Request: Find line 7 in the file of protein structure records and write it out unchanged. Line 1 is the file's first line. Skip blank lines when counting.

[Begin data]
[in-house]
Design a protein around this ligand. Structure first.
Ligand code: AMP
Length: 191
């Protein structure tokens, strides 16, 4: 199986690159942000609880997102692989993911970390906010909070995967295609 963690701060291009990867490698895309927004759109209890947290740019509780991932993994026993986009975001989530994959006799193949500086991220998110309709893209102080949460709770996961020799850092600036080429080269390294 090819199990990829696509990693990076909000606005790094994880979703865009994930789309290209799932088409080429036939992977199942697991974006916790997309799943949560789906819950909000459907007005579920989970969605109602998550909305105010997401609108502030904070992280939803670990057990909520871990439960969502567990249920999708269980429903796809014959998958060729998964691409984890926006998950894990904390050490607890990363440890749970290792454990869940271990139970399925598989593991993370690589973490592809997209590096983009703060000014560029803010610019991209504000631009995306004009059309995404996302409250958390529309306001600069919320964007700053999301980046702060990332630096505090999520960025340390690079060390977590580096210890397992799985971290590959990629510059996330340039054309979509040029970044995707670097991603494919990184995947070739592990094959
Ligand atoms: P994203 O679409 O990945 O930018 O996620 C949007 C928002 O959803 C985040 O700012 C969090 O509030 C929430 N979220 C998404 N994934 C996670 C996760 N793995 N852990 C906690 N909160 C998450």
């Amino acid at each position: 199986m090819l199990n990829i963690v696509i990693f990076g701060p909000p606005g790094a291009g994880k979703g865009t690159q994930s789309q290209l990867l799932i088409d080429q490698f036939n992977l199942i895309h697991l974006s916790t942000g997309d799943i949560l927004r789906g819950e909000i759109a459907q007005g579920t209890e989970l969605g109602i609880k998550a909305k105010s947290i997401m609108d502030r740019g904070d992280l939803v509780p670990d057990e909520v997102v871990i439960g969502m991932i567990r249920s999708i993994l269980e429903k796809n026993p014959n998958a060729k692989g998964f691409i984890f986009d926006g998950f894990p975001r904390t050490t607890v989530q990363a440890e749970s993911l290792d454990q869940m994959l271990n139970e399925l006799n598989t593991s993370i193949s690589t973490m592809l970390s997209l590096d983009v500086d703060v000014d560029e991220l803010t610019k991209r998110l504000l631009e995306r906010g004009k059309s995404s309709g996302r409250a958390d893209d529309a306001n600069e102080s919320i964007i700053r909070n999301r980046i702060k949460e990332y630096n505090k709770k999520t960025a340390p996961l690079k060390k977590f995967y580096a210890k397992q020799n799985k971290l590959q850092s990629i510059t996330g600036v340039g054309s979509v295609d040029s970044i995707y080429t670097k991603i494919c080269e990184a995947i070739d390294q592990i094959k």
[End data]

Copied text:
């Amino acid at each position: 199986m090819l199990n990829i963690v696509i990693f990076g701060p909000p606005g790094a291009g994880k979703g865009t690159q994930s789309q290209l990867l799932i088409d080429q490698f036939n992977l199942i895309h697991l974006s916790t942000g997309d799943i949560l927004r789906g819950e909000i759109a459907q007005g579920t209890e989970l969605g109602i609880k998550a909305k105010s947290i997401m609108d502030r740019g904070d992280l939803v509780p670990d057990e909520v997102v871990i439960g969502m991932i567990r249920s999708i993994l269980e429903k796809n026993p014959n998958a060729k692989g998964f691409i984890f986009d926006g998950f894990p975001r904390t050490t607890v989530q990363a440890e749970s993911l290792d454990q869940m994959l271990n139970e399925l006799n598989t593991s993370i193949s690589t973490m592809l970390s997209l590096d983009v500086d703060v000014d560029e991220l803010t610019k991209r998110l504000l631009e995306r906010g004009k059309s995404s309709g996302r409250a958390d893209d529309a306001n600069e102080s919320i964007i700053r909070n999301r980046i702060k949460e990332y630096n505090k709770k999520t960025a340390p996961l690079k060390k977590f995967y580096a210890k397992q020799n799985k971290l590959q850092s990629i510059t996330g600036v340039g054309s979509v295609d040029s970044i995707y080429t670097k991603i494919c080269e990184a995947i070739d390294q592990i094959k």